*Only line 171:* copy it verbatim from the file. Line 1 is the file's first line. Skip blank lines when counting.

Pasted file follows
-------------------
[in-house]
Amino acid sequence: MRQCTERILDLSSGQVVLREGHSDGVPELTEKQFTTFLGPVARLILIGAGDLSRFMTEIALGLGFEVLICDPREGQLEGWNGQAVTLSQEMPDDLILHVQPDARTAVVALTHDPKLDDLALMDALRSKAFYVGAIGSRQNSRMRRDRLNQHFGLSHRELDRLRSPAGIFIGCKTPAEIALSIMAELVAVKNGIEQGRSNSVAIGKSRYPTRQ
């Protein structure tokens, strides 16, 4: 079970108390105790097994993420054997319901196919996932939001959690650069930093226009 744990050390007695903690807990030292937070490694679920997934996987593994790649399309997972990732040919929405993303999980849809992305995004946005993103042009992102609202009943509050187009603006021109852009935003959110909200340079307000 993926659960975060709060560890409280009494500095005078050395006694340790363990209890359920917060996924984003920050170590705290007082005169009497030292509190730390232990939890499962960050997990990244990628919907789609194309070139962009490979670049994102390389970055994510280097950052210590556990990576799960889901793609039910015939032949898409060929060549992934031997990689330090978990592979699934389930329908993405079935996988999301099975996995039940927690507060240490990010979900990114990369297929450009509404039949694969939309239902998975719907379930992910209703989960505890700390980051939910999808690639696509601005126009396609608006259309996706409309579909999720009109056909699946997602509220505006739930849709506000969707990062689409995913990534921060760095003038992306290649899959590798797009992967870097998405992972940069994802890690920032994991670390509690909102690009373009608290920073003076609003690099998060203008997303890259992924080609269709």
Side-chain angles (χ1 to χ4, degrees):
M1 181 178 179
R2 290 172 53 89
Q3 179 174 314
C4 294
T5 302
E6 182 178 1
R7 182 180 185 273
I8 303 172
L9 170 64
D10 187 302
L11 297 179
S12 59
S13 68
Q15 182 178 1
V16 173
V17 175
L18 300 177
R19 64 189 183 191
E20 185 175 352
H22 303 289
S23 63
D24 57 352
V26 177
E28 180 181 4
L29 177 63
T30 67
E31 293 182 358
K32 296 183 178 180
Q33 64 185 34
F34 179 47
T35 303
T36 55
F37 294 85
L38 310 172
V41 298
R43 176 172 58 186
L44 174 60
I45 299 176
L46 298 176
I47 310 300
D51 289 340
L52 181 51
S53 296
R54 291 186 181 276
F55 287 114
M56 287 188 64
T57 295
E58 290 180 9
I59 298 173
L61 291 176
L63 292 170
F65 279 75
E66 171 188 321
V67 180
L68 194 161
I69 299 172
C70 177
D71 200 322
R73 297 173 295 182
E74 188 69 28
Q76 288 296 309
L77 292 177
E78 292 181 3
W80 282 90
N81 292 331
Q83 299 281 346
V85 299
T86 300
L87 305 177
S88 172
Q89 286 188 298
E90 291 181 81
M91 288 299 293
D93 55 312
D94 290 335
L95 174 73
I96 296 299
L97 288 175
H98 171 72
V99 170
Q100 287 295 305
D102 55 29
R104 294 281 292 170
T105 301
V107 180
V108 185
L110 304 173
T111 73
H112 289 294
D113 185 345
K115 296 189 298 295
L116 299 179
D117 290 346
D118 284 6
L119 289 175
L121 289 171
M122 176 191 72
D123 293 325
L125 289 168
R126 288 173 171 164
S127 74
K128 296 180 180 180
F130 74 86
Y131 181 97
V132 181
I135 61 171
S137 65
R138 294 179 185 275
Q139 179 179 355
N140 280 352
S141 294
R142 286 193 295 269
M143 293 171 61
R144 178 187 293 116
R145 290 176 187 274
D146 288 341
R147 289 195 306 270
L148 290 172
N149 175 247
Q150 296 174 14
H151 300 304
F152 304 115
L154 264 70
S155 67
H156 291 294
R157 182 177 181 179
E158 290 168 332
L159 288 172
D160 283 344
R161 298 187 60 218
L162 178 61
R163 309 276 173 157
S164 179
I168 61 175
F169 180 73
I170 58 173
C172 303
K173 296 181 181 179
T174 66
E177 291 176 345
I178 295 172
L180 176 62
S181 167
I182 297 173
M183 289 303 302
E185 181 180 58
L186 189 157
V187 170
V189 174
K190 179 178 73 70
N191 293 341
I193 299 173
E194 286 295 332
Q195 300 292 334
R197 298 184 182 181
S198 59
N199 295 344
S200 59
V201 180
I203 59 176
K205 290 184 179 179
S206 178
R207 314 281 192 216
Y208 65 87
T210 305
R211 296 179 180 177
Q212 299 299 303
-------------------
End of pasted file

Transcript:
Q212 299 299 303